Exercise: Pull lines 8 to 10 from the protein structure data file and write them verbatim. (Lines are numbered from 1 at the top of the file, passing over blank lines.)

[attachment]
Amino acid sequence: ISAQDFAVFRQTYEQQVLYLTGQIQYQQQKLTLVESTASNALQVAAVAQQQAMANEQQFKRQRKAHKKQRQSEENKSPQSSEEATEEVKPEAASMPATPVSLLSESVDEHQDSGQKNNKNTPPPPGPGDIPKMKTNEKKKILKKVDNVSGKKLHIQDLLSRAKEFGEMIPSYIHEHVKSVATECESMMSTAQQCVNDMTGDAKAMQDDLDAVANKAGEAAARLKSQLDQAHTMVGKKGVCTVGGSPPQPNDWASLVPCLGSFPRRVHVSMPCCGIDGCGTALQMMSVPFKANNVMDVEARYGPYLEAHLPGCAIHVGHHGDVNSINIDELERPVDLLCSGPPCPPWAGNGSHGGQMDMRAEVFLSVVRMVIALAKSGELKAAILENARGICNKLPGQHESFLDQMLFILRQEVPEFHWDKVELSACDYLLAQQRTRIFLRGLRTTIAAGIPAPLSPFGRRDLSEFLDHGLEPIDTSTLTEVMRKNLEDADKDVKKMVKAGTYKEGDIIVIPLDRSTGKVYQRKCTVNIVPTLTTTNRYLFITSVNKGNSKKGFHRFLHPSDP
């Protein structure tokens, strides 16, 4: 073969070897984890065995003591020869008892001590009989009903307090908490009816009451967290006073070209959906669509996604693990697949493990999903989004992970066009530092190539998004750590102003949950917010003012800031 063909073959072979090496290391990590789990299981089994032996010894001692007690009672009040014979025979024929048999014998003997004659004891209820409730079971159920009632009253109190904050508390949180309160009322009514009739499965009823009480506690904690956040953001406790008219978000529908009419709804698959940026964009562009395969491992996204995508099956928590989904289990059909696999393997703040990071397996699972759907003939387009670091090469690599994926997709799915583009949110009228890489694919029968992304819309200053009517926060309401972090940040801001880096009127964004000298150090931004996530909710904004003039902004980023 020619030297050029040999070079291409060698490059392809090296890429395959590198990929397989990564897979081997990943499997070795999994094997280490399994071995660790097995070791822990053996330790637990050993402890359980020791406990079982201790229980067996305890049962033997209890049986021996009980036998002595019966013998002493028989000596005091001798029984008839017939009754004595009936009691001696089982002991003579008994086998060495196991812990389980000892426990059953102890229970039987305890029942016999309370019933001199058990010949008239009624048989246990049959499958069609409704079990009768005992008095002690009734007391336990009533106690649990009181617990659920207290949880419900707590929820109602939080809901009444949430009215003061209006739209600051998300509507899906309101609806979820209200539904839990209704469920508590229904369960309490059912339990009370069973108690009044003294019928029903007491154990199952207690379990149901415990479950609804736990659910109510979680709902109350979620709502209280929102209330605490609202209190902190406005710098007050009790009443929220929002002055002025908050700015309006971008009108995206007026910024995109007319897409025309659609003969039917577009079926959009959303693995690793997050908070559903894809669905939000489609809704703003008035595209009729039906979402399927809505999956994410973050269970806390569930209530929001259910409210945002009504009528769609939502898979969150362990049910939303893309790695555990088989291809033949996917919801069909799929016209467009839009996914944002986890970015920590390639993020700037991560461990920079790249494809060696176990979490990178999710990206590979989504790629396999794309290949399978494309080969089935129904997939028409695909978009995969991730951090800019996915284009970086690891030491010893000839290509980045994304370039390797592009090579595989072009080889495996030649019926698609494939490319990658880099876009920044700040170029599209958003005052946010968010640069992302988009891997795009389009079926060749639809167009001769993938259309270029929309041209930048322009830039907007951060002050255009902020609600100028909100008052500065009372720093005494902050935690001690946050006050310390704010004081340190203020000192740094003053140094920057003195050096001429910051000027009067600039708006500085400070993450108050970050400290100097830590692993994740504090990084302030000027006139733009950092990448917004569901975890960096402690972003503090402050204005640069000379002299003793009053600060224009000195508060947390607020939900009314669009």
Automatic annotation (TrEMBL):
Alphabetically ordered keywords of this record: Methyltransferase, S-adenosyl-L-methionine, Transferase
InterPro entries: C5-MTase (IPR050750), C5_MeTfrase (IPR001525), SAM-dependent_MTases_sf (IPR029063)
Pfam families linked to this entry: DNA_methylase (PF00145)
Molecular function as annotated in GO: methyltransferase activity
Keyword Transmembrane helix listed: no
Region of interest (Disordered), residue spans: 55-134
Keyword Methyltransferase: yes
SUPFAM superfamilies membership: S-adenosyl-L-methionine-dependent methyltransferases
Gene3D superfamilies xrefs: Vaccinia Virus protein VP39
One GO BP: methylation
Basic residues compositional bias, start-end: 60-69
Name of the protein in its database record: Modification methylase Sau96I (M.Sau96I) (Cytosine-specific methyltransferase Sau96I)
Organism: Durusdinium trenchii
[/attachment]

Keyword Transmembrane helix listed: no
Region of interest (Disordered), residue spans: 55-134
Keyword Methyltransferase: yes